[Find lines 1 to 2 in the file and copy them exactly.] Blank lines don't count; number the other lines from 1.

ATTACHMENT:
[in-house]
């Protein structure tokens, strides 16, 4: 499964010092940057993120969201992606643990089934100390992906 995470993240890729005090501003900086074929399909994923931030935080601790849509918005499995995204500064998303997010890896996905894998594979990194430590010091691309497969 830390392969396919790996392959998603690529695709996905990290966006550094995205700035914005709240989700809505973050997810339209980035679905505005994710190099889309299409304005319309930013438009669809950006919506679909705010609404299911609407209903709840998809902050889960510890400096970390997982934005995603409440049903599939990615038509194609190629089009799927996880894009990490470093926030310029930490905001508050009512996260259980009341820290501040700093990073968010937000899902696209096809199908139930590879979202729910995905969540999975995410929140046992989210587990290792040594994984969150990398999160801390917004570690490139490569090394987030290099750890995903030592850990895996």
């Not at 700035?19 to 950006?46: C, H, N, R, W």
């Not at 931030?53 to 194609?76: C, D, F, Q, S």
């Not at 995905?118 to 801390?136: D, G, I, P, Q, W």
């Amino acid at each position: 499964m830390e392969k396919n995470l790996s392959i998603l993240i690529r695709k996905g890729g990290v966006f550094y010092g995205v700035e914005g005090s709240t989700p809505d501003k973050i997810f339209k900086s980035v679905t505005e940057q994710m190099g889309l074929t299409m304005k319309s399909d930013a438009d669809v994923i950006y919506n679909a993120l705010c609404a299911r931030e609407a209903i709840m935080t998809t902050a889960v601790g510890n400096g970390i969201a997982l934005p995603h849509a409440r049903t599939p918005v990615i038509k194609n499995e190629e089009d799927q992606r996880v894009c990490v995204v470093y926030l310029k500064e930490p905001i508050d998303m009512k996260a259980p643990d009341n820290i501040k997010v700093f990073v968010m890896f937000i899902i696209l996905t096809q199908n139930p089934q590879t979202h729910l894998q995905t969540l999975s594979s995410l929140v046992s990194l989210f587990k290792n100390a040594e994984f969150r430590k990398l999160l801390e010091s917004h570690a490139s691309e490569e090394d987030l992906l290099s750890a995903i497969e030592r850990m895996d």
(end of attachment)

[in-house]
């Protein structure tokens, strides 16, 4: 499964010092940057993120969201992606643990089934100390992906 995470993240890729005090501003900086074929399909994923931030935080601790849509918005499995995204500064998303997010890896996905894998594979990194430590010091691309497969 830390392969396919790996392959998603690529695709996905990290966006550094995205700035914005709240989700809505973050997810339209980035679905505005994710190099889309299409304005319309930013438009669809950006919506679909705010609404299911609407209903709840998809902050889960510890400096970390997982934005995603409440049903599939990615038509194609190629089009799927996880894009990490470093926030310029930490905001508050009512996260259980009341820290501040700093990073968010937000899902696209096809199908139930590879979202729910995905969540999975995410929140046992989210587990290792040594994984969150990398999160801390917004570690490139490569090394987030290099750890995903030592850990895996």